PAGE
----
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Wednesday, 24 June 2009
Page: 4115


Senator SCULLION (11:44 AM) —The Social Security and Other Legislation Amendment (Pension Reform and Other 2009 Budget Measures) Bill 2009 is legislation which implements the government’s budget pension measures. The keynote feature of this legislation is the increase in the base rate of the single pension of $30 a week. The opposition of course welcomes this increase, because it was the coalition who called for the increase by the same amount a year ago. Legislation was even carried by senators at the time to increase the pension. Although it took the Rudd Labor government a year to come on board, it is great to see that this pension increase will now be provided to pensioners. Had Labor increased this pension back when it was proposed by the coalition, eligible pensioners would have been over $1,000 better off.

The coalition also supports the changes proposed to the indexation arrangements for pensioners. Delivered through this legislation will be a new indexation arrangement under which pensions will be increased by whichever is the greater of the CPI or 27.7 per cent of MTAWE—not 25 per cent as in the past. This change builds upon the structural changes and regular improvements delivered to pensioners by the previous government. The third change to pensions that I would like to comment on is a consolidation of current pension supplements and allowances into a single payment. This simplifies the pension supplement scheme and provides an increased single payment. Two single pensions combined will increase by a little over $2 a week, and single pensioners will be $10 a week better off. I know that many pensioners welcomed the one-off lump sum bonus payments provided to pensioners by the previous government and no doubt will miss that money. As Labor has spent the budget surplus left by the previous coalition government many times over, I would suggest that pensioners will take some solace from the new increases placed in legislation so that they can budget with some certainty.

A further change proposed in this legislation is the abolition of the previous government’s Pension Bonus Scheme, replacing it with a new work bonus scheme. The coalition believes that it is beneficial to encourage people, where they are able, to remain in the workforce beyond notional retirement age. It provides both economic and personal benefit if people can continue to contribute their experience and expertise in the workplace. I concede that the take-up rate of the previous government’s lump sum of up to $30,000 to pension-eligible people who remained in the workforce was less than expected. We believe that it is good public policy to support people to work beyond retirement age and hope that measures proposed in this legislation will in fact achieve that goal. The coalition will certainly be monitoring the impact of the legislation in this area, and we certainly, in principle, support this measure.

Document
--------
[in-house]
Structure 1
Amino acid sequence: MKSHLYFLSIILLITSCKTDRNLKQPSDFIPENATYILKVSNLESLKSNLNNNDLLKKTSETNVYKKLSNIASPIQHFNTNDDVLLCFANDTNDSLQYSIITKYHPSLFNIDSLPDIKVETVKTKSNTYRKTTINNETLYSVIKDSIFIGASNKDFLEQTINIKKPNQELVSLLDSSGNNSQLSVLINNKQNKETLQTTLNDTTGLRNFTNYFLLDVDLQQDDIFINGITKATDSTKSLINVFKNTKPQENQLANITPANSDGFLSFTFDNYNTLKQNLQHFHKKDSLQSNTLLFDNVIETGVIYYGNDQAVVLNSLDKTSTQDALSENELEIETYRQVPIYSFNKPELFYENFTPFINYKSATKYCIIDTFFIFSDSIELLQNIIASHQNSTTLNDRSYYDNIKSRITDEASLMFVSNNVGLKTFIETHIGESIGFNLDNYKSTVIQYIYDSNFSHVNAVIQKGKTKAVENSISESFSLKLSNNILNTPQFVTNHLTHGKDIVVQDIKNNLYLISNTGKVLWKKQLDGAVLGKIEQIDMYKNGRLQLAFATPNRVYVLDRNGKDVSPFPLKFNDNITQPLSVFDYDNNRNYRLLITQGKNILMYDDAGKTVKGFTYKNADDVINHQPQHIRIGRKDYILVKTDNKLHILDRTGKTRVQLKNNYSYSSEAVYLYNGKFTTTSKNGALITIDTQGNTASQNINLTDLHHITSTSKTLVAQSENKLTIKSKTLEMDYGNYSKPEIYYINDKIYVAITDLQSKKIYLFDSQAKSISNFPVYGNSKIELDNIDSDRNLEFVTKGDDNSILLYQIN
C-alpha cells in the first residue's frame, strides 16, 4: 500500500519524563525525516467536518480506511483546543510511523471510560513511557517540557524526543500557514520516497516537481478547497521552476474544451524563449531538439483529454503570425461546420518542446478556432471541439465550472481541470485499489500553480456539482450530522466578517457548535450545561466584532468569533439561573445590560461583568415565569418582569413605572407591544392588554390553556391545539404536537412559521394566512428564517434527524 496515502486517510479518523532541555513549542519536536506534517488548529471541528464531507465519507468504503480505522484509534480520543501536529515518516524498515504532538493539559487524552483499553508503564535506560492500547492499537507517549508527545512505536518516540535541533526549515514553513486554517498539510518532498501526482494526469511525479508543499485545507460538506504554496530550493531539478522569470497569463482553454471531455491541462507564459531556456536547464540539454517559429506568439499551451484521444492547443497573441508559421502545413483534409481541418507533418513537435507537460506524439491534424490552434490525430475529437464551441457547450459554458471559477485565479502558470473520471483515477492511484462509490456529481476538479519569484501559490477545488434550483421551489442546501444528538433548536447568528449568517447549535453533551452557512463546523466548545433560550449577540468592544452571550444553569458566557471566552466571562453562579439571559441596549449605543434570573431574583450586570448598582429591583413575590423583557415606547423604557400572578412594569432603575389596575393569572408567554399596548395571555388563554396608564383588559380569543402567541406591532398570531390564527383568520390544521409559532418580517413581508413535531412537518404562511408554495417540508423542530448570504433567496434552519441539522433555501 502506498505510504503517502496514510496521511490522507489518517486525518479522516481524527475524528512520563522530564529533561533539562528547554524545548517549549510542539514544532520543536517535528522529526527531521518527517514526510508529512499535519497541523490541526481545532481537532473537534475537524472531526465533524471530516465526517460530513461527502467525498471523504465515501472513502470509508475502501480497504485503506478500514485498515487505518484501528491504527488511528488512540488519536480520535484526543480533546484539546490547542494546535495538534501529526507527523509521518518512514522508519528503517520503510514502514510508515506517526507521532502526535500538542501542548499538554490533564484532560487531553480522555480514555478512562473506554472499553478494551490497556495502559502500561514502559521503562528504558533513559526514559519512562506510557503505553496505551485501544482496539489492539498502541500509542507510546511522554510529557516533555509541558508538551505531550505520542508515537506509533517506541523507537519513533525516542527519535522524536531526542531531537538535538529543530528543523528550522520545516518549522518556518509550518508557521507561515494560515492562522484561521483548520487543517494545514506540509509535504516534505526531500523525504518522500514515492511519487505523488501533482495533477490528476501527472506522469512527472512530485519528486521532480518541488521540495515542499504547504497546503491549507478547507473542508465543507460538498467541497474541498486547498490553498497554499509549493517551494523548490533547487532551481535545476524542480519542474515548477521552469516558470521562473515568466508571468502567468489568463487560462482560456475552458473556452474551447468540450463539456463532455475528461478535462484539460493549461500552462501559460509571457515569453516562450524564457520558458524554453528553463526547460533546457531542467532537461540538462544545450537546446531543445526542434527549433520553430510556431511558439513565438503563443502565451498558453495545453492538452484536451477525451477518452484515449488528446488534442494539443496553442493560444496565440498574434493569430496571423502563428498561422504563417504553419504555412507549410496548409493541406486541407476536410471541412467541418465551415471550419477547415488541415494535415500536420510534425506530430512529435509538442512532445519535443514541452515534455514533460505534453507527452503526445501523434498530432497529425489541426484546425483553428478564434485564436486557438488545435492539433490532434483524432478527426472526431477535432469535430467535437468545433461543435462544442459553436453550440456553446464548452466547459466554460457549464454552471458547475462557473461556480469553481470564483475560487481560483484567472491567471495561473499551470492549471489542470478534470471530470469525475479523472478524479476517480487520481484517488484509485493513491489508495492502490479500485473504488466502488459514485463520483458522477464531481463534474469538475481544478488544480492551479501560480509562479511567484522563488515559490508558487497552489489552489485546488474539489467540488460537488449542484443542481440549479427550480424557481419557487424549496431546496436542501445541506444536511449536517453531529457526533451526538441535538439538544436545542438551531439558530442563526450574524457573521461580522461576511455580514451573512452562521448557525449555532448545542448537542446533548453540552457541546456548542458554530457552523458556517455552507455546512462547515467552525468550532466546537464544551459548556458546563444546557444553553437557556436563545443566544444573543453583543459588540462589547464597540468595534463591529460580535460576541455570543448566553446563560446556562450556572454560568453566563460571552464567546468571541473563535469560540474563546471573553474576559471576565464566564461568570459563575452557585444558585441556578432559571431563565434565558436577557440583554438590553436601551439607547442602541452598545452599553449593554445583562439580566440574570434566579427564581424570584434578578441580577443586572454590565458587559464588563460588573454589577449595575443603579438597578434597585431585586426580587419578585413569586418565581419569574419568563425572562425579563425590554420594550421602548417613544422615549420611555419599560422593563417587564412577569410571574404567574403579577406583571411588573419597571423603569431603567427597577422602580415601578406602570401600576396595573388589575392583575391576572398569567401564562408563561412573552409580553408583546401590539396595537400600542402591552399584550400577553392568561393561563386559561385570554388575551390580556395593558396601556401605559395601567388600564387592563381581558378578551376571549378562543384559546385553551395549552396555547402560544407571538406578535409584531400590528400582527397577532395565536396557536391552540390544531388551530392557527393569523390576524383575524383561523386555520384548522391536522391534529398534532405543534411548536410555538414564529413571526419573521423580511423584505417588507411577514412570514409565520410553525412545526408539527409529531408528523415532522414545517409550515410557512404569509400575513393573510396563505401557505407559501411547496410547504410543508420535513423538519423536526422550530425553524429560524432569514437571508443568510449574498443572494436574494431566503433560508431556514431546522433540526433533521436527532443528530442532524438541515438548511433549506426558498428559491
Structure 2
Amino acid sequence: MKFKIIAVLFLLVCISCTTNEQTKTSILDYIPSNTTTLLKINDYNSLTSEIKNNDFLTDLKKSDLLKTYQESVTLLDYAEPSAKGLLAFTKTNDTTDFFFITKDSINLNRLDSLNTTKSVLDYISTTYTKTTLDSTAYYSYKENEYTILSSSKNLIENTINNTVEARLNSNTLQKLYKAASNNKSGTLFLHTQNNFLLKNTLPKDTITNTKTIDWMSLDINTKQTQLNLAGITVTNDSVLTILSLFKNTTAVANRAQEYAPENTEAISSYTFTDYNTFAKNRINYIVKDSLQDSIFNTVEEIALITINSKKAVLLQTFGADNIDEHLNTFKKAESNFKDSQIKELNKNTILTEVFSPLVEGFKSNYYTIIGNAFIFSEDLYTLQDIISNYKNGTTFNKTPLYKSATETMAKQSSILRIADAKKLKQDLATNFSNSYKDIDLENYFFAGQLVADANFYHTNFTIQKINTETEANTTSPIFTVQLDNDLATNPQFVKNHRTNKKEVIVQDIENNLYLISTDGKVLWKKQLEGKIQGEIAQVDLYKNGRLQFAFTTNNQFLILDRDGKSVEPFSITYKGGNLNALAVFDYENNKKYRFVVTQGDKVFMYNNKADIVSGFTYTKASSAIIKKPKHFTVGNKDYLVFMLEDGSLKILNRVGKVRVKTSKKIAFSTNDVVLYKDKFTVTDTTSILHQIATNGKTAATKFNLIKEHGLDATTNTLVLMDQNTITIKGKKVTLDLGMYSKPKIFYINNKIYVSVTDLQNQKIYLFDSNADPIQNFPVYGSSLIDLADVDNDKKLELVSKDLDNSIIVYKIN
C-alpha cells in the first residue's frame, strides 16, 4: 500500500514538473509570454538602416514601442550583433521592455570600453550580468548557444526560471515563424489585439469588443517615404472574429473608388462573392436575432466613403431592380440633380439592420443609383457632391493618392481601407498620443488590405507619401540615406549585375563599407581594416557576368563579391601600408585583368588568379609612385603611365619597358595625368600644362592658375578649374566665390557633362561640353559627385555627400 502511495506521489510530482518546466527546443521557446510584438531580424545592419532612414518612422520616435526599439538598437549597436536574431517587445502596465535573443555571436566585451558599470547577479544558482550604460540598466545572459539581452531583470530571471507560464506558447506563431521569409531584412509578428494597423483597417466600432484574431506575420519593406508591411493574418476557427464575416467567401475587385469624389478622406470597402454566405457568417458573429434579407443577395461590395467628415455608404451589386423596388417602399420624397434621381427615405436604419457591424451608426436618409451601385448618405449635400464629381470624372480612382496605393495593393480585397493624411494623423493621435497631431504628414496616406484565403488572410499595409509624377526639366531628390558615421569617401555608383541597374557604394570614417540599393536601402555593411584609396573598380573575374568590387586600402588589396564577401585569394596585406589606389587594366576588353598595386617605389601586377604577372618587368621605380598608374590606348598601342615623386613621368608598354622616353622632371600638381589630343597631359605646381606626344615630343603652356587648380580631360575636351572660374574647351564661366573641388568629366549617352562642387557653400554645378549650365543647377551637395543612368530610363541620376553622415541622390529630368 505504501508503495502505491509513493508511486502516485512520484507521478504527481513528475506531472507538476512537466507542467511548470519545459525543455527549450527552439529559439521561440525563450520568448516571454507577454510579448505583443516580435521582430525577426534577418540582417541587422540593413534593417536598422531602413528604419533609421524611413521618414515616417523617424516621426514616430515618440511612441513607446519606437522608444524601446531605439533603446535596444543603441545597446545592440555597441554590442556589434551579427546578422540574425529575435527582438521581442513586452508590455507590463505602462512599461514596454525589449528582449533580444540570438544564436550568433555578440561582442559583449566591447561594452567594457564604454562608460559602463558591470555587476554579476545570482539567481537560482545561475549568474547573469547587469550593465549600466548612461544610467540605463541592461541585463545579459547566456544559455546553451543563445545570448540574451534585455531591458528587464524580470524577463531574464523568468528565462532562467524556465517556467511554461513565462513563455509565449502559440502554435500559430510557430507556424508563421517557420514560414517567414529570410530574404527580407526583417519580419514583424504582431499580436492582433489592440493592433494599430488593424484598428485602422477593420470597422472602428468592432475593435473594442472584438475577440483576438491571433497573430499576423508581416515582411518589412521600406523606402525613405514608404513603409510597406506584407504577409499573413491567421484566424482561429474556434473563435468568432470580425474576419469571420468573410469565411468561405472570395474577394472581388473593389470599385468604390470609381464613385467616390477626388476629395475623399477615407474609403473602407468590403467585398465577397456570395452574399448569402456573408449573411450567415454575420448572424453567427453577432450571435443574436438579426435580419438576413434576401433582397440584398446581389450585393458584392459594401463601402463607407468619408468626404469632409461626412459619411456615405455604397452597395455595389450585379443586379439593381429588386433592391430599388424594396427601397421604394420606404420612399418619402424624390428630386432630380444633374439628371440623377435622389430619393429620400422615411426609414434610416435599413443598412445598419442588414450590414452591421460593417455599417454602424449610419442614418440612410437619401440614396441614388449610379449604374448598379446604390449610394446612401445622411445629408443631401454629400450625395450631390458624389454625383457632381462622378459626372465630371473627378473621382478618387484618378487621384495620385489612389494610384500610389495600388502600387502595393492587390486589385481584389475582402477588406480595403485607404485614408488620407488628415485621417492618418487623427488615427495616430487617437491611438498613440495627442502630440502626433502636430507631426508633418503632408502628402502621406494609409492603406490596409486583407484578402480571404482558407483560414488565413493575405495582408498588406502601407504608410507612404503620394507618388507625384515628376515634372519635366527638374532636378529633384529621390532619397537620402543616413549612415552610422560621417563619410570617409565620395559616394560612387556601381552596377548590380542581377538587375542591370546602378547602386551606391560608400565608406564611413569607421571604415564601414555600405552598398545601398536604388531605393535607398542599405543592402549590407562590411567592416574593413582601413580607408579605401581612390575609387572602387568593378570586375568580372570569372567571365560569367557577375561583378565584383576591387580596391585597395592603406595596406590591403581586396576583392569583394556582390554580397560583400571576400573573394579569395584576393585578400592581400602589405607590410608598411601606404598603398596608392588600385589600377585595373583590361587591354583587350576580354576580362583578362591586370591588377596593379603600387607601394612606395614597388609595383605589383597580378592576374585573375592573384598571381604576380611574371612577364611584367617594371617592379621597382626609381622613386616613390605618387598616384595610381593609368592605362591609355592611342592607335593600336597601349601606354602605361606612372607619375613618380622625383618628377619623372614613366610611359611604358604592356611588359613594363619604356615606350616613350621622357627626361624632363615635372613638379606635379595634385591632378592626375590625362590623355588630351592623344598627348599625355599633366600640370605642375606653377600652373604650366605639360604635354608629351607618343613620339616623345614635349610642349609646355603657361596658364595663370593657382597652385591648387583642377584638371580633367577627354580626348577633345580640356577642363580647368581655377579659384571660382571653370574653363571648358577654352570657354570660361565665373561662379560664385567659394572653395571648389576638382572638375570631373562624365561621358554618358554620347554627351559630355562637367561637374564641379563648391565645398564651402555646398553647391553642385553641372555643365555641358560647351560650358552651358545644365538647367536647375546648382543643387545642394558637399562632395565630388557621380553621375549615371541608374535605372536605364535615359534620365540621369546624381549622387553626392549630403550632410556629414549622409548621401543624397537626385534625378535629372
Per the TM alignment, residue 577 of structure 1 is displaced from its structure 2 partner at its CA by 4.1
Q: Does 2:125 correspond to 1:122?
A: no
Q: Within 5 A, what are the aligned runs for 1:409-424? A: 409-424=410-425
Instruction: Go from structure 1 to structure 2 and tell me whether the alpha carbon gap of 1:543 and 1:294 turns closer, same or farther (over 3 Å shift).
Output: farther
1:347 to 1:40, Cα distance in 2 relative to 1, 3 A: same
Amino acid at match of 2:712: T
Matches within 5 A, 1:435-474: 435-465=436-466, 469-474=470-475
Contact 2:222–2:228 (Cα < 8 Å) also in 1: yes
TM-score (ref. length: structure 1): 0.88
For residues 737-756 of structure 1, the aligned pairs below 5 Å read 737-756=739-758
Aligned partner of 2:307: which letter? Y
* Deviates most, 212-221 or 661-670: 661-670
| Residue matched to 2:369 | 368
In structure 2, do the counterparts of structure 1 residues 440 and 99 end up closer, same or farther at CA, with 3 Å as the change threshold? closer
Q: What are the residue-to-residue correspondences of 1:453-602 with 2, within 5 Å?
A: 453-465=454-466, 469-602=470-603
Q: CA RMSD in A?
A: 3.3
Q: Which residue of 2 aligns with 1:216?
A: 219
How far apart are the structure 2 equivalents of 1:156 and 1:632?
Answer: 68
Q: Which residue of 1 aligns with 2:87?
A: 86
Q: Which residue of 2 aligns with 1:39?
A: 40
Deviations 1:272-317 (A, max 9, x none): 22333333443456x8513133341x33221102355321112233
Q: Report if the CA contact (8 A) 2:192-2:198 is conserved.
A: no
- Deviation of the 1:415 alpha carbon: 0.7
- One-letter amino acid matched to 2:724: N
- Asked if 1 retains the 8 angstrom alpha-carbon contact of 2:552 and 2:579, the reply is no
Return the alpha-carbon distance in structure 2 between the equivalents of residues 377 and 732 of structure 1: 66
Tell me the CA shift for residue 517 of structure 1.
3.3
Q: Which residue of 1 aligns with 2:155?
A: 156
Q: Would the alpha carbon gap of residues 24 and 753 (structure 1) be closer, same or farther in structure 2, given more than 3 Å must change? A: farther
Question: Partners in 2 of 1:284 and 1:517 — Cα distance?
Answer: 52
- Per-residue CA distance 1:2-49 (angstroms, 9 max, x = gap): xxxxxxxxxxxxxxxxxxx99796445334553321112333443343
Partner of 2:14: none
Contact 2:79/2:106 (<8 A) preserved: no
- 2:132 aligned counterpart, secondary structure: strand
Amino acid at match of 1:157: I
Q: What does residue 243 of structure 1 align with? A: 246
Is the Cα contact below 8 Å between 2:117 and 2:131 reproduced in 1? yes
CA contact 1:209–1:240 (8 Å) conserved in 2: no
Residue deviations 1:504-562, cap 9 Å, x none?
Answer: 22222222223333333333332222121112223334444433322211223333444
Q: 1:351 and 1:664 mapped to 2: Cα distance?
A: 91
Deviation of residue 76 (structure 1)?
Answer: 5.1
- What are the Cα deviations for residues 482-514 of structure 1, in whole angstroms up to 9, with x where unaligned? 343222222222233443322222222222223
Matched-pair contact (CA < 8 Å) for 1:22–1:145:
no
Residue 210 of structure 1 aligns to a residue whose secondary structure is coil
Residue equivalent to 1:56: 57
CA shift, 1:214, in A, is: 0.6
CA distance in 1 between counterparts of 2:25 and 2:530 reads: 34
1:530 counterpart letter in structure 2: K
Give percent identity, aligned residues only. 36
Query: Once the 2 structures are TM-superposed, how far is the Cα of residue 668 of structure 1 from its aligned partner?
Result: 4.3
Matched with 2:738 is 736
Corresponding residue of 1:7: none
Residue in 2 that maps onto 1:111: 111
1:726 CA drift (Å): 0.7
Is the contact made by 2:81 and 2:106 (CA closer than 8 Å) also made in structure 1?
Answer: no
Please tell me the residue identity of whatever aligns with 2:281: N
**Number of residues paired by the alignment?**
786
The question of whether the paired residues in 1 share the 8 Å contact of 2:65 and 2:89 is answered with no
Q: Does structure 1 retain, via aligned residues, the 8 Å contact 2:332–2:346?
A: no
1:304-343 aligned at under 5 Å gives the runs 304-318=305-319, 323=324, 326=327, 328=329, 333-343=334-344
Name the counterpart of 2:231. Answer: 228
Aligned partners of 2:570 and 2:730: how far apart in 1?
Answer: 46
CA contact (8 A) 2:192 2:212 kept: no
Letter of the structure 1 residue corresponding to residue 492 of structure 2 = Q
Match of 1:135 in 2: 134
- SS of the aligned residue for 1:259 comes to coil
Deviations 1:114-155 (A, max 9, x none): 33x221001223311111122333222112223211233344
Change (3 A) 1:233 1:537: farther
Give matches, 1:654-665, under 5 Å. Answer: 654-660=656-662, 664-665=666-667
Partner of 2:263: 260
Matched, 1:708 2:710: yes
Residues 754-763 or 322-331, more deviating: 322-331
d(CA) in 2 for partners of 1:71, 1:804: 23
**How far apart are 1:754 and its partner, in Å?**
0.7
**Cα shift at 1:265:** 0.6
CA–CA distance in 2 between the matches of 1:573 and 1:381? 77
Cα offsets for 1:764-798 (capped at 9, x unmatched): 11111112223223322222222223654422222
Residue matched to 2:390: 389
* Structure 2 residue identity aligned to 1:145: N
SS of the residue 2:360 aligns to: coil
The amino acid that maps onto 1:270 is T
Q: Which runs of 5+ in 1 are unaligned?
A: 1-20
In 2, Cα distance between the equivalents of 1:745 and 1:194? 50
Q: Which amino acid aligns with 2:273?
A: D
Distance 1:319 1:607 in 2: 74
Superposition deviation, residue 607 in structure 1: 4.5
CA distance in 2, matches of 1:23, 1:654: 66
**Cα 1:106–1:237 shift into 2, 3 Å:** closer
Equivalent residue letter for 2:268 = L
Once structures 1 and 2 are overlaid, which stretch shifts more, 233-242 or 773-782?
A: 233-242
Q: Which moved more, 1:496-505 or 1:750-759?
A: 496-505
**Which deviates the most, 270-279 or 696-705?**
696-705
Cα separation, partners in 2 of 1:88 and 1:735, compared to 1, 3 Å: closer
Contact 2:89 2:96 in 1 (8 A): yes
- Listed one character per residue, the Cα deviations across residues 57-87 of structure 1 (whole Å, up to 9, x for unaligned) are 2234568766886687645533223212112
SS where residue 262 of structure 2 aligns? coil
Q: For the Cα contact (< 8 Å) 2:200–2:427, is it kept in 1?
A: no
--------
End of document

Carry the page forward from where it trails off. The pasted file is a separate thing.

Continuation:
While the measures outlined so far are the highlights of this legislation and certainly received a mention from the Treasurer on budget night, as with most legislation proposed by Labor, there are some items that were not widely publicised on budget night. Firstly, I refer to the changes to the pension taper rate. Under this legislation, pensions will be reduced by 50c for every dollar earned above the threshold. Under the previous coalition government the rate was 40c in the dollar. This change will certainly impact negatively on some pensioners, although I recognise that the government is proposing to grandfather it for existing pensioners. Apart from creating what I would expect to be an additional workload for Centrelink to manage this, I believe that the government is making such a change in what is perhaps the fairest way to implement the change without seeing existing pensioners experiencing a sudden decrease in their income.

The final issue I would like to make a comment on in relation to this legislation is the raising of the pension age to 67. This increase in the age of pension eligibility will begin in 2017 and conclude in 2023. It has been suggested that the reason the start of the implementation has been put back by some eight years is so that the current Prime Minister will be so long away from office that someone else will actually need to deliver the pain. Of course, this government is well known for giving out goodies today and being popular while delaying some sort of painful payback until some other time. I think we would all acknowledge that this is a fairly cynical ploy by a populist government which delivers political outcomes instead of sound policy outcomes. We hear all about the hard decisions that need to be made, yet again we see a so-called decision delayed for so long that Labor are hoping that when it has to be delivered no-one will remember who put it in place.

Notwithstanding this particular political manipulation by the Labor government, it does attempt to address demographic changes that we as Australians have to acknowledge are being experienced. The previous government produced two international reports and found that we currently have approximately five workers for every one person dependent upon social security. By 2040, without some policy changes, it is predicted to be 2.5 workers. Something needs to be done to address this and remove any barriers for older workers remaining productive in the workforce for longer where they can. The measure of increasing the pension age will go some way to addressing the demographic challenges that we face, but we must also ensure that support is provided and any age based discrimination is eliminated to ensure that this change does not become a burden instead of a bonus for individuals and our economy.